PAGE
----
We take a look at PopCap Games’ recently released Plants vs Zombies Garden Warfare and determine whether the Xbox One/Xbox 360 game is worthy of your time and energy. Take a look at our Plants vs Zombies Garden Warfare video review for the full picture.
Plants vs Zombies Garden Warfare review
PopCap Games are not a studio you might associate with hardcore multiplayer shooters, though they are responsible for some of gaming’s more addictive pass times. When you need a break from getting gunned down by foul-mouthed teenagers in today’s online shooters, it’s the likes of Peggle or the old Plants vs. Zombies that you may turn to for reprieve.
It’s nearly 5 years since the tower-defensive Plants vs Zombies originally launched, the game has now been transformed into a multiplayer shooter of its own – in PVZ Garden Warfare.
There are four classes for each Plant and Zombie team, each has 3 unique abilities to be unlocked and they also have their own individual ranking system. Each is familiar to traditional classes such as a Medic, Rifleman, Assault etc. The Plant’s Sunflower for example has an ability to heal team-mates with a glowing beam and can focus a devastating beam on the zombies, whereas the Zombie’s Scientist can throw down a healing grenade to aid his undead companions, he can also teleport to flank unsuspecting plants and blast them in the face with a hoover-esque shotgun.
The Zombie’s Footsoldier is the equivalent to an infantryman wielding an assault rifle, but he also has a ZPG launcher strapped to his back where he can fire to obliterate Plants, or he can use it as a rocket-jump, enabling him to get up on top of rooftops, or perhaps more vitally escape from a burrowing Chomper.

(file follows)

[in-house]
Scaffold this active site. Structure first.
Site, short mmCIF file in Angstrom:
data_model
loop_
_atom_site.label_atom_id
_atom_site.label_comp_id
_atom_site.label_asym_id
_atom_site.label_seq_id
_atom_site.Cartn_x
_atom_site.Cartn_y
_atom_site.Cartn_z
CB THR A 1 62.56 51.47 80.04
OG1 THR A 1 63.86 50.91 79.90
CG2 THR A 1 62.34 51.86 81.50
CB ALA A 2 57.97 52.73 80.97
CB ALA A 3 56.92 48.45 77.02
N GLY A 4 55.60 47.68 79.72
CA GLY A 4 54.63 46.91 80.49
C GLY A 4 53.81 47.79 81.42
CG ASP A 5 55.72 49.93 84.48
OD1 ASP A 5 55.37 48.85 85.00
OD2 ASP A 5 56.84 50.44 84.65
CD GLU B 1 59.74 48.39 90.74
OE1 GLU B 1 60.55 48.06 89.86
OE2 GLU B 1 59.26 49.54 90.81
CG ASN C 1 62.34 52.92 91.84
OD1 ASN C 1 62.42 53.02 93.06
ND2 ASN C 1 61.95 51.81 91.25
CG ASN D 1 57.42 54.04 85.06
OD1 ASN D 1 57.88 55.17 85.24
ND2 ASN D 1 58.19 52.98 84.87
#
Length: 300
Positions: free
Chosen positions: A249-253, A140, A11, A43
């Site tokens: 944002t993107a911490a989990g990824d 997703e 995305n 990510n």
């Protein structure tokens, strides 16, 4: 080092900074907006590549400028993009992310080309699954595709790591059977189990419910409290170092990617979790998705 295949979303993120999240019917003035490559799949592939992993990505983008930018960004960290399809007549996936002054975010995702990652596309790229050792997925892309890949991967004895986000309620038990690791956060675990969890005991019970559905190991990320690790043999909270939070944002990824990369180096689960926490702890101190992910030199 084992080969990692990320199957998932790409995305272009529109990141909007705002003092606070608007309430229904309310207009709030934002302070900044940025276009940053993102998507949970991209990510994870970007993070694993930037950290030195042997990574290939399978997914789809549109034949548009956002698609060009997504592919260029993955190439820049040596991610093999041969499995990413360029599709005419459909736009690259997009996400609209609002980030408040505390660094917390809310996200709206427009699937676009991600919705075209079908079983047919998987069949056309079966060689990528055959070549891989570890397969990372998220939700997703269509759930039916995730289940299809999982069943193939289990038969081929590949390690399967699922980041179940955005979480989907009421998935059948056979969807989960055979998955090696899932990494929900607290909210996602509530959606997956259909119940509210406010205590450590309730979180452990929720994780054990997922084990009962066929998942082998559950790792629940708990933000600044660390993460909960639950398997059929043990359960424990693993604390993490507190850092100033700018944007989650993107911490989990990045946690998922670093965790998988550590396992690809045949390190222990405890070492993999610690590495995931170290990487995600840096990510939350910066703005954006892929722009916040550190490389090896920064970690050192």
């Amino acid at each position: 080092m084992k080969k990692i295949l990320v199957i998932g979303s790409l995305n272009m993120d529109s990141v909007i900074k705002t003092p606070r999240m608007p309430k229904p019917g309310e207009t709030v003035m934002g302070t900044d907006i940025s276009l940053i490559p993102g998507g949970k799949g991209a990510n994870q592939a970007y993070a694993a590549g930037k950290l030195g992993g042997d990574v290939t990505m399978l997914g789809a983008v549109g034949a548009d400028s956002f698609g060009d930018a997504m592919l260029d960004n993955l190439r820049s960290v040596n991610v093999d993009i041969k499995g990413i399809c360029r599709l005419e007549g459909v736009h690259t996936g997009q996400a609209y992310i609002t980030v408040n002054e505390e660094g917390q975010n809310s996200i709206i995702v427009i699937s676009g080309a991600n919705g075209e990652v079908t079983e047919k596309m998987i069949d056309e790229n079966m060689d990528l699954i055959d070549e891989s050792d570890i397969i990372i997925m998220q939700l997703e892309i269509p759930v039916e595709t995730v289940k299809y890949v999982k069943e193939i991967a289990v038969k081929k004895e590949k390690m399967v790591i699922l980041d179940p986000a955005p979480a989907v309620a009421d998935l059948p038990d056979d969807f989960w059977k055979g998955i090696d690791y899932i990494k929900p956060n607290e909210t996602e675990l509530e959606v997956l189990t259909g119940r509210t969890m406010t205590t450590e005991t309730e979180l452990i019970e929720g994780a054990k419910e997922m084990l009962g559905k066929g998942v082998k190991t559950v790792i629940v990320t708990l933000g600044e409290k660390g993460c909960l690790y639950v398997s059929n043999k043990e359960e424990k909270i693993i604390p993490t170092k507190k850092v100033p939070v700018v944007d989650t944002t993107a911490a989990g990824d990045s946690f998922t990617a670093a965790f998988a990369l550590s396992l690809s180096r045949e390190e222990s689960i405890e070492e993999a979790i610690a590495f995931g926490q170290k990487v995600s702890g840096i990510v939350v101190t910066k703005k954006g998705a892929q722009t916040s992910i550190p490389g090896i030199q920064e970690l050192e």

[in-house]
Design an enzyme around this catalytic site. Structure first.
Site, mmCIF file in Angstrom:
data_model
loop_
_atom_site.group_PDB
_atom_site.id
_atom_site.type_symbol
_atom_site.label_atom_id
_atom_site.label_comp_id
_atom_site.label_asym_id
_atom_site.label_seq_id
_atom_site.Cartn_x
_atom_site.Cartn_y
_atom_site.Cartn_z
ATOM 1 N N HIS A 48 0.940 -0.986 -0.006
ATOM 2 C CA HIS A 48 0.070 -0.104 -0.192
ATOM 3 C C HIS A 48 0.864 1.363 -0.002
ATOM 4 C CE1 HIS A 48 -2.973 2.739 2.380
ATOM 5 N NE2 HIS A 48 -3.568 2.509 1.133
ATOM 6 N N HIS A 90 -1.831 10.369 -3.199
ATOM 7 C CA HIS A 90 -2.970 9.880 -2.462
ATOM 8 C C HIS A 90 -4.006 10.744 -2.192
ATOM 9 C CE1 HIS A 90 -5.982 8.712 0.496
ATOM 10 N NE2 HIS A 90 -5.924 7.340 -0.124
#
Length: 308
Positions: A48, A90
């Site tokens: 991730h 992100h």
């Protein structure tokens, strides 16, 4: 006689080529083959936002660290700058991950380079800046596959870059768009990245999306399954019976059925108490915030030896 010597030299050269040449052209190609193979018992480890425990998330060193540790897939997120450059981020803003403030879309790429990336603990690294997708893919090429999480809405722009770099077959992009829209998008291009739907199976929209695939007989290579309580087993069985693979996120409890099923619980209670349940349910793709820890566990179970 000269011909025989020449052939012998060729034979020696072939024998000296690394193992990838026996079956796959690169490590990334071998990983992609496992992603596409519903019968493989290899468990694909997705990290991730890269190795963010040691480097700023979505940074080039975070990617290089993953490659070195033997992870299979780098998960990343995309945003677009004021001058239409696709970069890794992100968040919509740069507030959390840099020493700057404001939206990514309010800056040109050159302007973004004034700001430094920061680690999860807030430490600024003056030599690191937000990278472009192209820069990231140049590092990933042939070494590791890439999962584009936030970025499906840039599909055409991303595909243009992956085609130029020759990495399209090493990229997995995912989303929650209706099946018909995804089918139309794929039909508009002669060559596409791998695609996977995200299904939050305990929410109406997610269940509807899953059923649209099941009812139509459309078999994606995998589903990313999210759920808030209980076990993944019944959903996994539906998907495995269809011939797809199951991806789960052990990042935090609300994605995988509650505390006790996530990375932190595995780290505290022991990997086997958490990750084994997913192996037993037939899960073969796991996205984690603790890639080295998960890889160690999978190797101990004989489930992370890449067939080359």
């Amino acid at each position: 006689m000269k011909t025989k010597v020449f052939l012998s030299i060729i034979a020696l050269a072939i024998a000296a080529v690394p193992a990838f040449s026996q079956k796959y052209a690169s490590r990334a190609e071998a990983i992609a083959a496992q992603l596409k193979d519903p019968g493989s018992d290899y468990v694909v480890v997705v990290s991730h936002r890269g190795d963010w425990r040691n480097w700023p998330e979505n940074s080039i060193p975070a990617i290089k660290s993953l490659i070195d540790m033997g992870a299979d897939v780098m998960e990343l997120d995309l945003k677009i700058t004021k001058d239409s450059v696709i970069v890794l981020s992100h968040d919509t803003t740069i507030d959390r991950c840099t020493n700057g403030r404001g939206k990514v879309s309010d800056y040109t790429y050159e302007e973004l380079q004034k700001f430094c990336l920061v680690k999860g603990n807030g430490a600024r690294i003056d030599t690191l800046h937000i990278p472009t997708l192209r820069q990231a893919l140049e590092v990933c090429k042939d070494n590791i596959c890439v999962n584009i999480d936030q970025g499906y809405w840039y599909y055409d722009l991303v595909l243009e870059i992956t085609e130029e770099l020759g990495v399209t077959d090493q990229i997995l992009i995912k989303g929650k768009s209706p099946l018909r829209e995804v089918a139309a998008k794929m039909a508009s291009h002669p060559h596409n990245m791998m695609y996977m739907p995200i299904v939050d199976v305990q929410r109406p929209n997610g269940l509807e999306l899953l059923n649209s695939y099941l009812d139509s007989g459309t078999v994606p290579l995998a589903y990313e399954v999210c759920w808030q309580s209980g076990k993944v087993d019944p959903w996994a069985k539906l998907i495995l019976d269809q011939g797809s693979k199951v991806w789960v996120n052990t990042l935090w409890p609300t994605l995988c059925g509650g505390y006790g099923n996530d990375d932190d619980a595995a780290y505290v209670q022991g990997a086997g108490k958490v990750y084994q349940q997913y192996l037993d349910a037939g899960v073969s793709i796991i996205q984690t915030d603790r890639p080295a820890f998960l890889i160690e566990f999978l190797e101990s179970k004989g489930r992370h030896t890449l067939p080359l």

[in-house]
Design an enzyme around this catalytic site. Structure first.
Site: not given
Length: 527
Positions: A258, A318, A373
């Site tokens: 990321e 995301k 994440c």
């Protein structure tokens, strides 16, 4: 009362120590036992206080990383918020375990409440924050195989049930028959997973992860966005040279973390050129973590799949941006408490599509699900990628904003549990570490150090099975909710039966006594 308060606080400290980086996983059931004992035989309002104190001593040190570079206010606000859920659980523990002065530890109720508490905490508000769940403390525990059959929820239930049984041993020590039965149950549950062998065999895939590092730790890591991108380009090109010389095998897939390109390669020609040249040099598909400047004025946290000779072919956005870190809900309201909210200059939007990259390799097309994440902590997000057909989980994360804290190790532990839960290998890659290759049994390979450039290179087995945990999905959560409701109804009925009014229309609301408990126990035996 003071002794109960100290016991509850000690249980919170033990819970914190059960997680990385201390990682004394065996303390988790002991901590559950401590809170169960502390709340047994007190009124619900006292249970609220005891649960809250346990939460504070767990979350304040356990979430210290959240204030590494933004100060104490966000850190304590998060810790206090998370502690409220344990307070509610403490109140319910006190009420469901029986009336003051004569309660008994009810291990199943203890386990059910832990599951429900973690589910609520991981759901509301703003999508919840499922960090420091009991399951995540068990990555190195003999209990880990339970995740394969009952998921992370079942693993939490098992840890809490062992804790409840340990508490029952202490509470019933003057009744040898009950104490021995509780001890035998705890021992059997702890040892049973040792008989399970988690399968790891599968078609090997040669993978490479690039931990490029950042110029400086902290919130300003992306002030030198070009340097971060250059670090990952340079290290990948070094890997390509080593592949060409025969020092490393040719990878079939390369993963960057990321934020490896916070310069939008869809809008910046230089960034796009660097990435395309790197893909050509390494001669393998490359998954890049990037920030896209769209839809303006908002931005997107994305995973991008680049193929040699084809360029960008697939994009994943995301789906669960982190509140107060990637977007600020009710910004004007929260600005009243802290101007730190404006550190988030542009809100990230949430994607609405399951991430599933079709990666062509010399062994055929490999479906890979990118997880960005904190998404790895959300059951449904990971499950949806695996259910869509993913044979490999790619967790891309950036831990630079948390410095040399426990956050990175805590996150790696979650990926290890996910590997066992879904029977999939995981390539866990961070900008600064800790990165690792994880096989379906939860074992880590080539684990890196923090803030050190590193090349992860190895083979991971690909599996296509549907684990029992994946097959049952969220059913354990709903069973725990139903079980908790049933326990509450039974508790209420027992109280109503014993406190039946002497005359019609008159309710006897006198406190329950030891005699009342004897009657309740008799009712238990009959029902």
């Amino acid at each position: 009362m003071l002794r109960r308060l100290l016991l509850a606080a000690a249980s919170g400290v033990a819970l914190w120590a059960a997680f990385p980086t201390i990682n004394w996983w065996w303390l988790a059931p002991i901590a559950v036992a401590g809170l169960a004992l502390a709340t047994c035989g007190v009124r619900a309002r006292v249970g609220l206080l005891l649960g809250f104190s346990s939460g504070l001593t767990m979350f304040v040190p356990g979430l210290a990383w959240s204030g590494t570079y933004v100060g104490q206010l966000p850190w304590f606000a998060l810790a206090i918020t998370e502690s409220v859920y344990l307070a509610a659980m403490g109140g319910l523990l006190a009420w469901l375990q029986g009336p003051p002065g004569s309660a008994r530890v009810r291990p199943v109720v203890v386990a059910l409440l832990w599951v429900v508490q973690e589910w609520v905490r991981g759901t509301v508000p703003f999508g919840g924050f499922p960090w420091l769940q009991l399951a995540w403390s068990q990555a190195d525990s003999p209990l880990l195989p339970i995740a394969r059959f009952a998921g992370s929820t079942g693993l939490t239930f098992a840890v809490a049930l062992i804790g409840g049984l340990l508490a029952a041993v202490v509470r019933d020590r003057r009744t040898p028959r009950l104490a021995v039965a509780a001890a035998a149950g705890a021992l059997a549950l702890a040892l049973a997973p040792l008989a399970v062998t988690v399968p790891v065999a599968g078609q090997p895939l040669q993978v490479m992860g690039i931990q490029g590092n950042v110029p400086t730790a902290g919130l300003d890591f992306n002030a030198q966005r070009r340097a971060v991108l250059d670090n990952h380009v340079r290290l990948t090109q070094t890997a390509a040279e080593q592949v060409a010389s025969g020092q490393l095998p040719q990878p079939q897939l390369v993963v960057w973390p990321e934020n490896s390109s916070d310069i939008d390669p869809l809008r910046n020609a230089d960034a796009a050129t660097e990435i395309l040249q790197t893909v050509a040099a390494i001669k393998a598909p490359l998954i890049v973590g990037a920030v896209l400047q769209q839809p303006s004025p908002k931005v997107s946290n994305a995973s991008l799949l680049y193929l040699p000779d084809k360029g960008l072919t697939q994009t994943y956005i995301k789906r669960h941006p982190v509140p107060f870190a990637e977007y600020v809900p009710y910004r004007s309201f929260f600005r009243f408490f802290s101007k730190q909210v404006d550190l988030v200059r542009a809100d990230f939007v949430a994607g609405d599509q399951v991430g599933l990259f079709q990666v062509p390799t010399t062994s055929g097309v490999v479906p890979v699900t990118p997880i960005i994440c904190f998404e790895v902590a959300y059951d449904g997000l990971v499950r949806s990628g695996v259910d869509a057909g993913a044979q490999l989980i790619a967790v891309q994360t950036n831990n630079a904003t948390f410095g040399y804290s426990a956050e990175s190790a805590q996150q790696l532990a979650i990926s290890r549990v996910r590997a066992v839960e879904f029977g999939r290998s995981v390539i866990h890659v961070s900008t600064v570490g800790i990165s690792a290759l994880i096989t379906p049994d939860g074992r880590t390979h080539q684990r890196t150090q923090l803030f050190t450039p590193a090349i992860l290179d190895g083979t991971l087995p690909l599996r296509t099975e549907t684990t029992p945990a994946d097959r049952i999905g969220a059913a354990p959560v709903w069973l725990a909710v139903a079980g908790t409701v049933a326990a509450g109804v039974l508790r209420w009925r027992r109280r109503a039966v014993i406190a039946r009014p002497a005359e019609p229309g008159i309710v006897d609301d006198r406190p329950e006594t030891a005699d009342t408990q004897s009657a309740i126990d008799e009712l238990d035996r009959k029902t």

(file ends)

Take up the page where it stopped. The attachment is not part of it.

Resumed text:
Each side typically has a relevant class to the other where their abilities might differ slightly, and typically there’s always an ability that can be used as a counter measure. Such as the Plant’s Chomper can burrow and emerge instantly to gobble a Zombie, in such a situation either panic ensues and you turn and run to your inevitable doom, or you can take a moment and depending on Class, perform a counter attack of your own, such as an Engineer can lob a stun grenade to avoid being gobbled whole.
Also, there’s an ability to summon A.I. zombies or plants via. graves or plant-pots scattered throughout the maps, with such perks being acquired from sticker purchases. Buying stickers gains you special unlocks, from customisation items to alternate characters. Although purchasing stickers may not get you exactly what you want, it’s all rather random but thankfully doesn’t involve real-life coin.
The Plants and Zombies don’t just do battle on the ground, the fight also extends to the sky. Classes like the Cactus and Engineer can call in a drone to manually fly around and gun down enemies, although they take very little damage to be destroyed. Boss mode however is the true battle of the sky, giving players an entire birds-eye view of the map. In this mode a player from either team can become the evil Dr. Zomboss or Crazy Dave to aid their fellow undead or leafy friends. It’s a feature available in all modes and playable with either Kinect or on a Tablet via. Xbox One’s Smartglass app. It’s a simple enough interface, depending on team, you will either collect sun-drops or brains, which accumulates to currency to spend on abilities. These range from simple spotting of enemies, to more devastating air-strikes.